How often have you heard that a girl has been called bossy and a boy, displaying the same types of behaviour, being congratulated on ‘being a leader’? I find it irksome. Society wants males and females to behave in a certain way. Girls should be meek, obedient, humble, invisible. Boys should be loud, brash, confident, decisive, controlling. And if either boys or girls break ‘type’ – then all hell breaks loose.
If a man defers to his female partner before making a decision, he is mocked for being ‘whipped’. If a woman makes a decision without referring to her male partner (either at home or at work), then she is a ‘ball breaker’. So how is that fair? And how can equality ever be achieved if we have preconceived standards that each sex must adhere to?
In my early days of senior leadership, when I would analyse and study patterns in end of Key Stage 2 data, I’d always be focusing on those children who didn’t meet their end of year targets. Who were they? What had happened? Had something happened in their home lives that affected their learning? Who were the children who had made accelerated progress? This is when I discovered a section of children, who I termed the ‘invisible’ children. These were the well-behaved, quiet, meek children – often girls, who were always just under the radar. They were missed because they never caused any problems, always got on with what they had to do – didn’t always get things right, but tried their best. People pleasers. Non-confrontational. Heads down, getting on with things. Invisible.
We teach our girls to be invisible but pleasing to the eye. How often are girls praised for their behaviour and their presentation – be that handwriting, or what they are wearing? They get attention by pleasing people. So what happens? Girls turn into women who need to please others. You must please your prospective partners; please your employers; please your friends and families – even if that means that you are put under incredible stress, or pressure, or even in extreme circumstances, danger.
I can’t bear it. We have not been put on this earth ‘to do the right thing’, which largely entails pleasing and serving others. We always have to be mindful of other peoples’ feelings. Being assertive comes at a cost – someone’s feelings might get hurt. Well, so what? What about your feelings getting hurt? Who cares about that?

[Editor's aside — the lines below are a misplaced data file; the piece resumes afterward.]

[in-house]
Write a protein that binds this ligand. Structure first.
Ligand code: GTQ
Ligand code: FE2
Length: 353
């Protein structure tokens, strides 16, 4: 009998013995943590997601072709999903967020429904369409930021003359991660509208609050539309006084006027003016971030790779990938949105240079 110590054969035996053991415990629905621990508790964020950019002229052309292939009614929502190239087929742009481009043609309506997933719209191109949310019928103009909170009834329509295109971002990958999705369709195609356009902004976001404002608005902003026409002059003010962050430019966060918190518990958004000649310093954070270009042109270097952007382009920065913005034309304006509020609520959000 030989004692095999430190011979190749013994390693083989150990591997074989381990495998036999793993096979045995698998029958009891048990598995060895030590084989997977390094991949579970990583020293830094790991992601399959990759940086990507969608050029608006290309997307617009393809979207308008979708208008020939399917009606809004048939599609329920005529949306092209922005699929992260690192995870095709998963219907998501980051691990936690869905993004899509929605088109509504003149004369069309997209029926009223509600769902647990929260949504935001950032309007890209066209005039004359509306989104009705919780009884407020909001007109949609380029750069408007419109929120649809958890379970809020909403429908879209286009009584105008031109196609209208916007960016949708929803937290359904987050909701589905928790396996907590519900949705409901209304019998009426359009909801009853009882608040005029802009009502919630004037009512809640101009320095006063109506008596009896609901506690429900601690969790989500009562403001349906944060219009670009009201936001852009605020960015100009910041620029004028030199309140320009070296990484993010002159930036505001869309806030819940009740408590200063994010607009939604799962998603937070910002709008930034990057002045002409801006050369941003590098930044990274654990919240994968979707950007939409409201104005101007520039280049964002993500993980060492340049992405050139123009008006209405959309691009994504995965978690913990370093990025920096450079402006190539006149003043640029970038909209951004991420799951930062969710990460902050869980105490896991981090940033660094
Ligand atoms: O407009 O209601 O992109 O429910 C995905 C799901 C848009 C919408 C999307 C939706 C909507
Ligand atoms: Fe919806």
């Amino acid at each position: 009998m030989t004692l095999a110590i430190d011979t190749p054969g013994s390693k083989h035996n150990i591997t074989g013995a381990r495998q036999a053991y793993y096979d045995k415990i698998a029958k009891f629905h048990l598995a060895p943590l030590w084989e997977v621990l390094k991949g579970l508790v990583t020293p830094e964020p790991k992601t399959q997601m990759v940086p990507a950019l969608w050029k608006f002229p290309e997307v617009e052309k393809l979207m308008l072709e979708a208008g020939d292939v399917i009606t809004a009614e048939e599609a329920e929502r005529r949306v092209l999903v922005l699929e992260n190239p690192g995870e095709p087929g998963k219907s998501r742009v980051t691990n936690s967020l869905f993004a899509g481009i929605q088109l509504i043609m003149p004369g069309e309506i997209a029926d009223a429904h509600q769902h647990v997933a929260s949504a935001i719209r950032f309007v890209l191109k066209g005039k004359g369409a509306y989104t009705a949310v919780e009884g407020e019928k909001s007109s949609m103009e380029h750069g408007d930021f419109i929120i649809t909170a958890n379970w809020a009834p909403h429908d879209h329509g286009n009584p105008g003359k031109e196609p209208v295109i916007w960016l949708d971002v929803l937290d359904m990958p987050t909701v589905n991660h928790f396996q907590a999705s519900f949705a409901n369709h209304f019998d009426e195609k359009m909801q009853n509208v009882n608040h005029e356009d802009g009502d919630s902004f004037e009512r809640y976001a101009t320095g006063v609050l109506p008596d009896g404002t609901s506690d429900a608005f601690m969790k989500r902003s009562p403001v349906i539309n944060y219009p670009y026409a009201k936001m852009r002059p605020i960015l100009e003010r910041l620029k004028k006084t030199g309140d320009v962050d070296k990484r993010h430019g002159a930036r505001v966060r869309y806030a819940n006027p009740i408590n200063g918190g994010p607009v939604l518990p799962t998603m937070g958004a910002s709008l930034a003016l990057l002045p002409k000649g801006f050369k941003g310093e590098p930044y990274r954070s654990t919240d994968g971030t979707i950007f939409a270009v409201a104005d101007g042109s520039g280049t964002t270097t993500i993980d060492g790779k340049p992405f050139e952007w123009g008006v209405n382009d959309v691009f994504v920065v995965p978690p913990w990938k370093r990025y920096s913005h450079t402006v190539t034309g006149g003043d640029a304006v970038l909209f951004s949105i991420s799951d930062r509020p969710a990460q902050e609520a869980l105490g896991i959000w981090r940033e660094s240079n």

The other day, I was despairing at the state of my children’s bedrooms. I’m not sure where the myth comes from about girls being tidier than boys, I can assure you it’s not true. I finally resorted to a good, old fashioned bribery – a star chart! The deal was, fill up your sticker chart for keeping your room tidy, and you earn £1 for your money box for completing the challenge. My girls loved the idea of getting stickers, the money was just an added bonus, I was delighted that I wouldn’t need to nag them about tidying up.
I’d been explicitly clear about the rules. Keep your bedroom and the back room tidy at the end of the day – you earn one star. I would do my inspections at the end of each day. Any mess – no stars. A completed chart equals £1.
But my eldest’s mind was ticking over. How could she earn more stars and more money? So a barrage of questions began:
If we do something kind or nice can we get another sticker?
Can we get a sticker if I help my sister tidy her room?
Instead of £1, can I get £1.50?
This was the last straw for my husband, ‘Can you stop asking questions, Mum’s told you the rules and that’s that!’
I totally understood his frustrations. He just wanted a tidy house for a change. He wanted the girls to help create a tidy house.
But later on, I spoke to him privately and said, that I was extremely pleased that our eldest was asking those questions. I was delighted that she was trying to get herself a better deal. Negotiating with me – how can I get more stars? How can I get better pay? These are the qualities that we need to nurture and foster in them now, so that in the real world, she isn’t hesitant or worried about how to ask for a pay rise, how to get the most of where she is – how to negotiate to get what she wants, even if it seems that the barriers are well defined.
I’m not saying that I want to live in a world where people have no manners, no form of etiquette, no sense of how to speak to others and how to treat people. Definitely not. What I’m saying is that I don’t want leadership, assertiveness, negotiation skills squashed out of our girls because it suits society for them to be little dollies who are there to simply please others.
Let’s not encourage children to be ‘seen and not heard’, to be invisible. Let’s encourage them to be leaders, decision makers, negotiators, confident – surely our society can only benefit from this?